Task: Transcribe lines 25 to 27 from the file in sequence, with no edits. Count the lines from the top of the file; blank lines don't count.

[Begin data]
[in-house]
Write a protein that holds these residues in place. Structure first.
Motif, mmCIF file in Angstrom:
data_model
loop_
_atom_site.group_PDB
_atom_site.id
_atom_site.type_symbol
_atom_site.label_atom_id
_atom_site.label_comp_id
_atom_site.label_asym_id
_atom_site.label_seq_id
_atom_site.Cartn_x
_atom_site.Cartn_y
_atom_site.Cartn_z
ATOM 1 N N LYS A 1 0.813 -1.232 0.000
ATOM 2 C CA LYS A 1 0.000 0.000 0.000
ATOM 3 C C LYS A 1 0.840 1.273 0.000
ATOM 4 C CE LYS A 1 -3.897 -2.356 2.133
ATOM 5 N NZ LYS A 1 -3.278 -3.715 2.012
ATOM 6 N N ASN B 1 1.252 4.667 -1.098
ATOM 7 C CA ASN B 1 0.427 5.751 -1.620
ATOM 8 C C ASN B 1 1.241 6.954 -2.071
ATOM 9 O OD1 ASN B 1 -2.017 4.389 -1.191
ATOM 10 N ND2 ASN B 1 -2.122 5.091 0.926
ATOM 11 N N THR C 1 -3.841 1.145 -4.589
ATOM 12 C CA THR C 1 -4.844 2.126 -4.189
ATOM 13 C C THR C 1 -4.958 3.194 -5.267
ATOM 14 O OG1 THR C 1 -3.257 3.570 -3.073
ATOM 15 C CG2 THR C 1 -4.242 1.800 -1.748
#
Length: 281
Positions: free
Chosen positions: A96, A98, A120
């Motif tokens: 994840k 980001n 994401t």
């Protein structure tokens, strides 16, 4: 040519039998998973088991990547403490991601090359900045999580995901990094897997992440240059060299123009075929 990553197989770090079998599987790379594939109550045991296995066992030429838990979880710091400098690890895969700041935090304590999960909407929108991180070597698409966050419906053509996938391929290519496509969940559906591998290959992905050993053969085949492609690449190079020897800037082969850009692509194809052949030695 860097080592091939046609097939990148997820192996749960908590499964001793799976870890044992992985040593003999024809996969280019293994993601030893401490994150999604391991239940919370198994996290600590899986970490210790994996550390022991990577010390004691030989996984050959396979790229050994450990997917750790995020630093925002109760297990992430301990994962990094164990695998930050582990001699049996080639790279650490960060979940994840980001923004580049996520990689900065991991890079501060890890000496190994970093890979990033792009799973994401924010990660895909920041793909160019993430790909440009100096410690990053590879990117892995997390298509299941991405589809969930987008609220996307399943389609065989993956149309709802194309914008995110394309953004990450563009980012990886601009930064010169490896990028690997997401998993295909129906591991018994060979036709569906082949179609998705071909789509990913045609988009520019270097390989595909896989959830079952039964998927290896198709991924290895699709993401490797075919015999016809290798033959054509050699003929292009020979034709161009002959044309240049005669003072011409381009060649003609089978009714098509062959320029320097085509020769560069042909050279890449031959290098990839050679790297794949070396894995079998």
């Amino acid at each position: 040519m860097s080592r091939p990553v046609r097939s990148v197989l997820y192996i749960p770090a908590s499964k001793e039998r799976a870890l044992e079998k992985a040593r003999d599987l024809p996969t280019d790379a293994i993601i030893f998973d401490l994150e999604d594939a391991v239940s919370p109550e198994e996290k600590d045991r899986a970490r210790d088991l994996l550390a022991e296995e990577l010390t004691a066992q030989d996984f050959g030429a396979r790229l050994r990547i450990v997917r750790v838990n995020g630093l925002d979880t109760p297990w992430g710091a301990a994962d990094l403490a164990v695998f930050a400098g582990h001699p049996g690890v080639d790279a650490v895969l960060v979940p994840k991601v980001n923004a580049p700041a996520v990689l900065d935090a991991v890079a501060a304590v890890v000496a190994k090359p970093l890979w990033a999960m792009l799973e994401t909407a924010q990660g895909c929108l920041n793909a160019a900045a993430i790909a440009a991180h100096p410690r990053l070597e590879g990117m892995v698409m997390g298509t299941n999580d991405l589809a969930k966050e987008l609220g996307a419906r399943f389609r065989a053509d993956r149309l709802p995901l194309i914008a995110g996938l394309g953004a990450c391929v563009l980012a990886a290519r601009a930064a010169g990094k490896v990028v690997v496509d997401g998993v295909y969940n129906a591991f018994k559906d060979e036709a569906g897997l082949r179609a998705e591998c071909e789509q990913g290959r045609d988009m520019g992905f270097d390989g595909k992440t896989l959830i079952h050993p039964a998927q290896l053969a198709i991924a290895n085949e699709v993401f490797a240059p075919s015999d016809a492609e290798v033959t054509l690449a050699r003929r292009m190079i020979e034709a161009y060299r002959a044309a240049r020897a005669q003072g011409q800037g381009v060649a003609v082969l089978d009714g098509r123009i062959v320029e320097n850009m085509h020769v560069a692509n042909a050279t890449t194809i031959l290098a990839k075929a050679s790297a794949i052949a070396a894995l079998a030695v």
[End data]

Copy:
ATOM 10 N ND2 ASN B 1 -2.122 5.091 0.926
ATOM 11 N N THR C 1 -3.841 1.145 -4.589
ATOM 12 C CA THR C 1 -4.844 2.126 -4.189